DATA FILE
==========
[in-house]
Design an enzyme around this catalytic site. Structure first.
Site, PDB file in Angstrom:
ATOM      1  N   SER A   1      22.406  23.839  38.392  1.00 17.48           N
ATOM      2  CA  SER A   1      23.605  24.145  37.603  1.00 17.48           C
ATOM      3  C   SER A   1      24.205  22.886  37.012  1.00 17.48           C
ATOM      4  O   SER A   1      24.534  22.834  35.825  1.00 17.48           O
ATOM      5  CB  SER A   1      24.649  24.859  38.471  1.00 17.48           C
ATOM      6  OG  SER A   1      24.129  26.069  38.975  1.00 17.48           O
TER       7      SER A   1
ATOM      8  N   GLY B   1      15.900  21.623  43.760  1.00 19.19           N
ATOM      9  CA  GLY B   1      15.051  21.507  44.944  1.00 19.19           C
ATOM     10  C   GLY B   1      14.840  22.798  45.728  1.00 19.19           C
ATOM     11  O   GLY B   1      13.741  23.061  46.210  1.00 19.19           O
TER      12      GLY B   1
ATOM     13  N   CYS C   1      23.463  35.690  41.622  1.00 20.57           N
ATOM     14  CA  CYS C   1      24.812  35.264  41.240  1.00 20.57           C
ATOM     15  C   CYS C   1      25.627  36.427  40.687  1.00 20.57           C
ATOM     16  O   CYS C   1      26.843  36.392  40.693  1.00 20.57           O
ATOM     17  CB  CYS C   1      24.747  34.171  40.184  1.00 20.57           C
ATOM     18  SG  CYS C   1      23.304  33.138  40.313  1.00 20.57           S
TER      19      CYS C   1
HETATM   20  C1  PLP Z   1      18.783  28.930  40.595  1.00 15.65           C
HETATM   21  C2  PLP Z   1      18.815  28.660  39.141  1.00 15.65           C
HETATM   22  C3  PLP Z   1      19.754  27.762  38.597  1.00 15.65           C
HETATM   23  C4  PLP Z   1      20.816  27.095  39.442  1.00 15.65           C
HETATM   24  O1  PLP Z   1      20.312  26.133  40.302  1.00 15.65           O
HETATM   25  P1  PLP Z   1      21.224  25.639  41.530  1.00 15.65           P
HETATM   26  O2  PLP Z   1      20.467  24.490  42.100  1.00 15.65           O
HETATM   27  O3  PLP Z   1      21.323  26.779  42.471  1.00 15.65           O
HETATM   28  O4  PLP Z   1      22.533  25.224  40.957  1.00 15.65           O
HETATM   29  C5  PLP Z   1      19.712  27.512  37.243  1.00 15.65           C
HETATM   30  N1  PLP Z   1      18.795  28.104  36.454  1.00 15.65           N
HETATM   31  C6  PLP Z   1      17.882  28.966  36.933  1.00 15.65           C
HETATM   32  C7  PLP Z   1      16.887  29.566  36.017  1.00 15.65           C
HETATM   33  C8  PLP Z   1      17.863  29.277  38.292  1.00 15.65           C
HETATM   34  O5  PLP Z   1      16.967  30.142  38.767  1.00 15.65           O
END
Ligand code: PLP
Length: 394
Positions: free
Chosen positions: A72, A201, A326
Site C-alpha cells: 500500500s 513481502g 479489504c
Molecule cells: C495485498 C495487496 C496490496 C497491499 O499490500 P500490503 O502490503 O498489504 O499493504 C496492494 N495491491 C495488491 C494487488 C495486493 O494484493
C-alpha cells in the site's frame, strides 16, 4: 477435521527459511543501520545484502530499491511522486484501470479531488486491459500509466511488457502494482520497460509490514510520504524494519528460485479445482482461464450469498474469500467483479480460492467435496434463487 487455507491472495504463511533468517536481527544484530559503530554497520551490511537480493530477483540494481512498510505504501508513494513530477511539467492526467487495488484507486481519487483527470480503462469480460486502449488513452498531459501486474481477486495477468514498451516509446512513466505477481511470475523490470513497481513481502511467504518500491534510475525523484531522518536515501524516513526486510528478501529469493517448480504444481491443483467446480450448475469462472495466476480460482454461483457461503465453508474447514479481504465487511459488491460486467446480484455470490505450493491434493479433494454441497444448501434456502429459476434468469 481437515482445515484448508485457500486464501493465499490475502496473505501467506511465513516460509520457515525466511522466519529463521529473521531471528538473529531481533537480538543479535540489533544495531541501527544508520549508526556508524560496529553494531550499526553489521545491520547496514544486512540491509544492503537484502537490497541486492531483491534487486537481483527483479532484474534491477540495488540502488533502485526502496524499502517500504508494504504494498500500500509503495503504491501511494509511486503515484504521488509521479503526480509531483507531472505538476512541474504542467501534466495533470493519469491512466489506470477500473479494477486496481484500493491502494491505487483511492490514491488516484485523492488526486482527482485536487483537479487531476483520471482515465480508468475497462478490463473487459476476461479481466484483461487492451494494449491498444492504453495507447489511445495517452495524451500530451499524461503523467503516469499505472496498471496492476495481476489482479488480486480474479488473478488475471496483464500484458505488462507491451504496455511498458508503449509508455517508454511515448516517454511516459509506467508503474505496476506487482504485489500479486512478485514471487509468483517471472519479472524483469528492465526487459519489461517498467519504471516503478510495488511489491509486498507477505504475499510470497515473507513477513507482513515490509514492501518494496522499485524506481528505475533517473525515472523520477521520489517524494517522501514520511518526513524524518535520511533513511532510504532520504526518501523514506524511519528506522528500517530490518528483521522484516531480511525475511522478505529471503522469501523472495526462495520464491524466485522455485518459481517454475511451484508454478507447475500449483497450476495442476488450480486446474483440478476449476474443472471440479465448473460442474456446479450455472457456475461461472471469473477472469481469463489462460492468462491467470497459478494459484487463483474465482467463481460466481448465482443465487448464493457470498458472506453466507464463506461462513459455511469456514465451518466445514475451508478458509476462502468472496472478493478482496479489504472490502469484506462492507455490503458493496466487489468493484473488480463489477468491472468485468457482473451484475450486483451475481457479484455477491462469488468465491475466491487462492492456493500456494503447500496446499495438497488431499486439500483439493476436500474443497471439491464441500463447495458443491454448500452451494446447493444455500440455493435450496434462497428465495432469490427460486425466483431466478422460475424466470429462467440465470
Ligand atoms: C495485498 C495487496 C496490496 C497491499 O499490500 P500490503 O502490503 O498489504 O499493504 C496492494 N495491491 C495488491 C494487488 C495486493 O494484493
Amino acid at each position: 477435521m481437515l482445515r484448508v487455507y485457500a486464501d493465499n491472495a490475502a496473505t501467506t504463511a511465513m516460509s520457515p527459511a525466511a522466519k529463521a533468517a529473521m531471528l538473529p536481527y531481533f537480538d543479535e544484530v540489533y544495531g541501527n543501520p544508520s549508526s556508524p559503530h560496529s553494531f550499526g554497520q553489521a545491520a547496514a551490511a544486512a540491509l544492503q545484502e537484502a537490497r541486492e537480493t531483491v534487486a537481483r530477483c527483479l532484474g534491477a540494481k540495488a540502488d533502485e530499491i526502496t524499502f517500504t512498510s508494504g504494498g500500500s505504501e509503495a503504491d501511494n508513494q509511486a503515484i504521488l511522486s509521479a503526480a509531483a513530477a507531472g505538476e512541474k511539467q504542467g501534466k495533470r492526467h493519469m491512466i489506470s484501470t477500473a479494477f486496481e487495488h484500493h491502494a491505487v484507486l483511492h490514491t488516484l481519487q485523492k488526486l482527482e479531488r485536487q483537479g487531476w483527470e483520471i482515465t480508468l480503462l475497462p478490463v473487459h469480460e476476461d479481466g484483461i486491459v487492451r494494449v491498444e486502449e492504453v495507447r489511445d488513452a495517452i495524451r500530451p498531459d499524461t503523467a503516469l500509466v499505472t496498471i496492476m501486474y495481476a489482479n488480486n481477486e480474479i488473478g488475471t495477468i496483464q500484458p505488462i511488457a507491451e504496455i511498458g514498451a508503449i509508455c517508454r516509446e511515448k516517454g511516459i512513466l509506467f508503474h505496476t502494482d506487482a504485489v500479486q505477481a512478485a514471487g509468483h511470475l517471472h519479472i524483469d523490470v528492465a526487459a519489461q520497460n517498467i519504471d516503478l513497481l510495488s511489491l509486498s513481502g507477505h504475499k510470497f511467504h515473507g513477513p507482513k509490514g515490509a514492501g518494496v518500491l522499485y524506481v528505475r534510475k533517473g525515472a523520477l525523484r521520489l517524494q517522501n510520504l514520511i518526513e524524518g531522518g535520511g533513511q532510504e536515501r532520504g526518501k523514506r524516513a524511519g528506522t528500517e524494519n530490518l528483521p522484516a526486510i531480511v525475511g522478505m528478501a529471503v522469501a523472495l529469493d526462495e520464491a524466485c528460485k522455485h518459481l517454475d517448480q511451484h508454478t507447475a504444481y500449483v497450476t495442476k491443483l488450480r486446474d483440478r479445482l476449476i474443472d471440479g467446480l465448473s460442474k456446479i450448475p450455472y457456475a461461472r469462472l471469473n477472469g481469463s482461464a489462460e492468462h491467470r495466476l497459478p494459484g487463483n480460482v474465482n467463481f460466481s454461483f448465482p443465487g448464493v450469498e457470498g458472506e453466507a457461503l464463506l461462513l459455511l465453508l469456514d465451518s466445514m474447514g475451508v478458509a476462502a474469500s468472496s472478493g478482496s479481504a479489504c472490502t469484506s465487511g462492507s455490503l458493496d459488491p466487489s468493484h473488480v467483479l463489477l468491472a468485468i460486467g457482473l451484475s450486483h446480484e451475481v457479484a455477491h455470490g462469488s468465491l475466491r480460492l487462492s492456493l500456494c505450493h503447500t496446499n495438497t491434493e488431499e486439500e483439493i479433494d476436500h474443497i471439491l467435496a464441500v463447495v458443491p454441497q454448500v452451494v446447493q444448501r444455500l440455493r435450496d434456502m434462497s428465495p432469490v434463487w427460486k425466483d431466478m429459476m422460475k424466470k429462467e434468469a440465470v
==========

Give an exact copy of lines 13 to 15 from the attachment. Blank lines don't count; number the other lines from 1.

ATOM     10  C   GLY B   1      14.840  22.798  45.728  1.00 19.19           C
ATOM     11  O   GLY B   1      13.741  23.061  46.210  1.00 19.19           O
TER      12      GLY B   1